The present officers of the church are: President, C.A. Hennicker, Secretary, J. Gram, Sr., Treasurer, John M. Schmahl; L. Brockmann, Peter Hoffmann, H. Bindemann, J.C. Hart, H. Daniels, Elders; W.J. Kleine, H. Kautz, P. Fund, Jr., H. Emmerling, F. Griesinger, Phil. L. Smith. 
St. John's United Evang. Church
This congregation being one of the largest of the German Evangelical churches of our city was organized in the year 1850 by the Rev. J. Krummel and is located on Amherst Street, near Dearborn. The first religious services were held in an english Baptist church on East Street. Two years later in 1852 the young congregation was able to erect its own house of worship. In the year 1863 a tract of land on Military Road near the N.Y.C. crossing was purchased and has since been used as the church cemetery.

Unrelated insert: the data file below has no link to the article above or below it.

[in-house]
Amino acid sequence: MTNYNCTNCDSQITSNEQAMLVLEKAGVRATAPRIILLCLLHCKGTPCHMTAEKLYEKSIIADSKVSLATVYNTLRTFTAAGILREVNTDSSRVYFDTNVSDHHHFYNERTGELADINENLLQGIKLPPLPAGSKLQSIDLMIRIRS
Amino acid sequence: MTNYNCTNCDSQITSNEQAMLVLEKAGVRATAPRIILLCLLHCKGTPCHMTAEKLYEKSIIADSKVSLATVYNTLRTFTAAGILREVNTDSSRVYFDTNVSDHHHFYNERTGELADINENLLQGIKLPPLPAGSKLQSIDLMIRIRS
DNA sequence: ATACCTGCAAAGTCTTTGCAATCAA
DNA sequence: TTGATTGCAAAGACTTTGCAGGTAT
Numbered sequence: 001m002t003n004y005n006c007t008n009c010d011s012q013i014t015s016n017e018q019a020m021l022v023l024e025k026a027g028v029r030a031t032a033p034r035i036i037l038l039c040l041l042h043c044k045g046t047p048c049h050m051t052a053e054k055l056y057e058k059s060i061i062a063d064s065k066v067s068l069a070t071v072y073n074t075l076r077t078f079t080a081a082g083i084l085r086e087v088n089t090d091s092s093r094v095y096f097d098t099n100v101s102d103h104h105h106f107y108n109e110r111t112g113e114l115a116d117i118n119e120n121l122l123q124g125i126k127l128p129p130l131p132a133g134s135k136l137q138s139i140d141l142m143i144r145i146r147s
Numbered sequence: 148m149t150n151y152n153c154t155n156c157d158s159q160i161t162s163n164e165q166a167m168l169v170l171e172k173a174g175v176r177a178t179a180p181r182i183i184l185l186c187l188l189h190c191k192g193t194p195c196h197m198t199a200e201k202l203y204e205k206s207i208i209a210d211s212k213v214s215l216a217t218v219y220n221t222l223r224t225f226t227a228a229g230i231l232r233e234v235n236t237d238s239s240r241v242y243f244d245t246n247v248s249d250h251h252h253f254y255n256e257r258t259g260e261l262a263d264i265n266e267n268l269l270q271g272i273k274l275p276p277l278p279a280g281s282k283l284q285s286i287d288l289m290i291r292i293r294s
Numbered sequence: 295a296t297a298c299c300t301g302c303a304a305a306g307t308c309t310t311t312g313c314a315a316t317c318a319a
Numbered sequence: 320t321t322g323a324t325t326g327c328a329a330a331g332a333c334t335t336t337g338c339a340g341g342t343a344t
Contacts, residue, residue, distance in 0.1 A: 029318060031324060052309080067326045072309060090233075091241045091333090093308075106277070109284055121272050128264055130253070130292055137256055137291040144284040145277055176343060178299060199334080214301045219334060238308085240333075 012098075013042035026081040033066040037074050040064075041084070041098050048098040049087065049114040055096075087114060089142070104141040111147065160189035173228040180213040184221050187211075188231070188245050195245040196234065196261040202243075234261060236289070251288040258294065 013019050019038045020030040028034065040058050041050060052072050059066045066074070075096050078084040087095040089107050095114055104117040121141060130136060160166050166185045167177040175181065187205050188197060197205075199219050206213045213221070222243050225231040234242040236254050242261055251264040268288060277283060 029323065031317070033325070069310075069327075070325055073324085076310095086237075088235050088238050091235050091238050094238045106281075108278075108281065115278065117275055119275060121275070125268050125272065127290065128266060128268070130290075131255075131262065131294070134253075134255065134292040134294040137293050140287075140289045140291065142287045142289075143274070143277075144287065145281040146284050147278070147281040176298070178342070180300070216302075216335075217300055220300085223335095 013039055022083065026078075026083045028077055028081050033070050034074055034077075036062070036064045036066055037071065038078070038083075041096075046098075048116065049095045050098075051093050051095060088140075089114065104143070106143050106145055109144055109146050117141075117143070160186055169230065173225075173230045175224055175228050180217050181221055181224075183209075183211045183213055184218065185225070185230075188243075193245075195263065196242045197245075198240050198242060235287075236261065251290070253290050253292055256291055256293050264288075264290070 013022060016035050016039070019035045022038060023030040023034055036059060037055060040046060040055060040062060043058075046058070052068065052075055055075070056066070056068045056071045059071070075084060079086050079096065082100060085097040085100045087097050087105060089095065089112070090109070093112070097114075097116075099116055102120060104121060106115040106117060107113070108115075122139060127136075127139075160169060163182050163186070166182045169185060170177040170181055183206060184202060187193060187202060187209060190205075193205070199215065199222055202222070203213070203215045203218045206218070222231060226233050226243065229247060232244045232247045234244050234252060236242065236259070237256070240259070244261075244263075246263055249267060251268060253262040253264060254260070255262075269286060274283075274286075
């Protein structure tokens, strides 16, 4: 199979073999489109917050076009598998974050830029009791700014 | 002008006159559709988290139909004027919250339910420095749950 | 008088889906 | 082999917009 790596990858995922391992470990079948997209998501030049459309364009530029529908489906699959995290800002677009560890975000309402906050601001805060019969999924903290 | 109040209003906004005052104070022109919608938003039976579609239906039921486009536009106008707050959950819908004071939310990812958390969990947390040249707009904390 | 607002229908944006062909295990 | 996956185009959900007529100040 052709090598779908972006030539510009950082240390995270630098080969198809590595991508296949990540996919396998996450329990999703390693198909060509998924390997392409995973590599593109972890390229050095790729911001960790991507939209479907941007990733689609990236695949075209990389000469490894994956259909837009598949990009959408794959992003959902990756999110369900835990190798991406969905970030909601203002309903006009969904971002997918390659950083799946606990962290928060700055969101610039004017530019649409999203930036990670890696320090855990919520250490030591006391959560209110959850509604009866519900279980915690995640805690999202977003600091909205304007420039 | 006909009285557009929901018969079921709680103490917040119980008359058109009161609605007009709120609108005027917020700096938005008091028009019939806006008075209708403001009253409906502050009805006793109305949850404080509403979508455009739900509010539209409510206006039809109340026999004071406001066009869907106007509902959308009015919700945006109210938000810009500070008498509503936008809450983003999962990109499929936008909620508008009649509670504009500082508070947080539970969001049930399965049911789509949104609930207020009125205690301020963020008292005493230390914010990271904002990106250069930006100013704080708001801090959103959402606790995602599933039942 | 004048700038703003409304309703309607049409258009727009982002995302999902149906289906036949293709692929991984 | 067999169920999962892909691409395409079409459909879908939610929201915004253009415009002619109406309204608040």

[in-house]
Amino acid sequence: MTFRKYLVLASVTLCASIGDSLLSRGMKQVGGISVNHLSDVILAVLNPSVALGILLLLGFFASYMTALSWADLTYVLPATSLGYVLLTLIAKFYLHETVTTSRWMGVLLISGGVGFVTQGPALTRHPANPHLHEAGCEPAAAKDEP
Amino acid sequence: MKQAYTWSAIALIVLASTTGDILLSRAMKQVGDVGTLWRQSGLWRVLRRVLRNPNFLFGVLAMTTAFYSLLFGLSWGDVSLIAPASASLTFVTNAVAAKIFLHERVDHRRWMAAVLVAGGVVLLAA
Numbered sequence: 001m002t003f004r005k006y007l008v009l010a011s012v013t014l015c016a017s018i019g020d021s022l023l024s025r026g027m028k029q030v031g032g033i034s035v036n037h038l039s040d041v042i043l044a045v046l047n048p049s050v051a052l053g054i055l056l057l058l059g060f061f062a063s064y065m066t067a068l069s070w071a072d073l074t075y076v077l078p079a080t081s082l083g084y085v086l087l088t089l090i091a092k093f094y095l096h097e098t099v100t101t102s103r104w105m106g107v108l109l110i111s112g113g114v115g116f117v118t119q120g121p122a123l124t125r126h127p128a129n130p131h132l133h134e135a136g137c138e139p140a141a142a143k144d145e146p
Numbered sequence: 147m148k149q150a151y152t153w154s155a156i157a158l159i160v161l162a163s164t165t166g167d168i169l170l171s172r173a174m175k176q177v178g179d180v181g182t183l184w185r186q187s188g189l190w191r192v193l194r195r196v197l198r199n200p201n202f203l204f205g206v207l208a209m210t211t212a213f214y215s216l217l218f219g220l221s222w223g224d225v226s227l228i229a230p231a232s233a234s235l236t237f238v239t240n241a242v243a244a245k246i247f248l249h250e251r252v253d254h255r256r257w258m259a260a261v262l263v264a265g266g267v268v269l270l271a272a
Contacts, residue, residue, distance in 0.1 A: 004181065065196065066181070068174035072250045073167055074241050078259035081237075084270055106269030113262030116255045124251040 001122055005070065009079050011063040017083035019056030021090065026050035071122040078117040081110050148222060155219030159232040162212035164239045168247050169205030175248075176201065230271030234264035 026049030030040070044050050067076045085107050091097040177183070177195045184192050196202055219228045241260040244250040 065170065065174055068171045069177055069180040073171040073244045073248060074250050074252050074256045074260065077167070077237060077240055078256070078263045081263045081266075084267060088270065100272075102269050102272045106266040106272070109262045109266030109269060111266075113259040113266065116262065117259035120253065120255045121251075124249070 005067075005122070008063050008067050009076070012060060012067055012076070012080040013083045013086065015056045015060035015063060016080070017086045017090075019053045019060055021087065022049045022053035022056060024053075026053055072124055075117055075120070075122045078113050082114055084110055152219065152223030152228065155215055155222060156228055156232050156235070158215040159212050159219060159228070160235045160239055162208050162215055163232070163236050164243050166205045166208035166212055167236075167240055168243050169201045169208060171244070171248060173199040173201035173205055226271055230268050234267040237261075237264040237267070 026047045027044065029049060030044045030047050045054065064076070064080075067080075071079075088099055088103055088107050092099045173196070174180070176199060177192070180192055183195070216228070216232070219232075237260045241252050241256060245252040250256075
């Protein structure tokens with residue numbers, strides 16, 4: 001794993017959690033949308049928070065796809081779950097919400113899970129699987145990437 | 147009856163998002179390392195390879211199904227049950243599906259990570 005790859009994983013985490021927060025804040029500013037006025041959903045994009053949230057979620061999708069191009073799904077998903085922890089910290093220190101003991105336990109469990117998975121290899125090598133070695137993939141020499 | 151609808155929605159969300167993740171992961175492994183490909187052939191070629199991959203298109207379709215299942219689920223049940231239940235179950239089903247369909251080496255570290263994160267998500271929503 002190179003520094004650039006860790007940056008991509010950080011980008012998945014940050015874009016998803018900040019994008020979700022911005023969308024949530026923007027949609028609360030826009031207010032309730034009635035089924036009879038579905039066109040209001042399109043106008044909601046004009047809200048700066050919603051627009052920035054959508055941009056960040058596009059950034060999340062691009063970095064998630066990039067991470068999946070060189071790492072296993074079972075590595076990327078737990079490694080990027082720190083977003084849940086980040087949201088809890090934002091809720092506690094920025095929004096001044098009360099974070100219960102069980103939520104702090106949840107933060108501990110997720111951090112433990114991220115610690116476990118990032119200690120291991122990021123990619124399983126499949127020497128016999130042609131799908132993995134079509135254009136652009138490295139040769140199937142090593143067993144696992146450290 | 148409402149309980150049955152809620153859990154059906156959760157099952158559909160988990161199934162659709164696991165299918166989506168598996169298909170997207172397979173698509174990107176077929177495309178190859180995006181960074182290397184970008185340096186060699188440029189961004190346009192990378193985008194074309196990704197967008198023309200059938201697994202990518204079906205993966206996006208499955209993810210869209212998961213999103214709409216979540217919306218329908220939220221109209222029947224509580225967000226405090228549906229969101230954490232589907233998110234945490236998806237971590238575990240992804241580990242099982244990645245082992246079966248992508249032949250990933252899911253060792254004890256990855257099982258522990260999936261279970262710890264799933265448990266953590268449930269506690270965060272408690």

Being the only German church of this faith in this locality of the city where Germans settled and built their houses it was evident that the young congregation would soon develop into a large and flourishing church. In the year 1867, it became necessary to enlargen [sic] the church and at the same time a tower was erected and a church bell added.
In the year 1880 the church was struck by lightning which partly destroyed the tower, damaged the Organ and Fresco-painting of the interior, consequently a new tower was erected involving the sum of $4,000. In the year 1884 a second bell was added.
The congregation still increased in number so that the old church proved itself too small to accomodate the attendants. It was, therefore, resolved to tear down the old church with the exception of the new tower and to erect a new, more capacious church edifice. This was done in the year 1890; the new church was erected at an expense of $32,000. - And in the year 1900 a new pipe-organ was purchased costing with necessary alterations the sum of $4,100.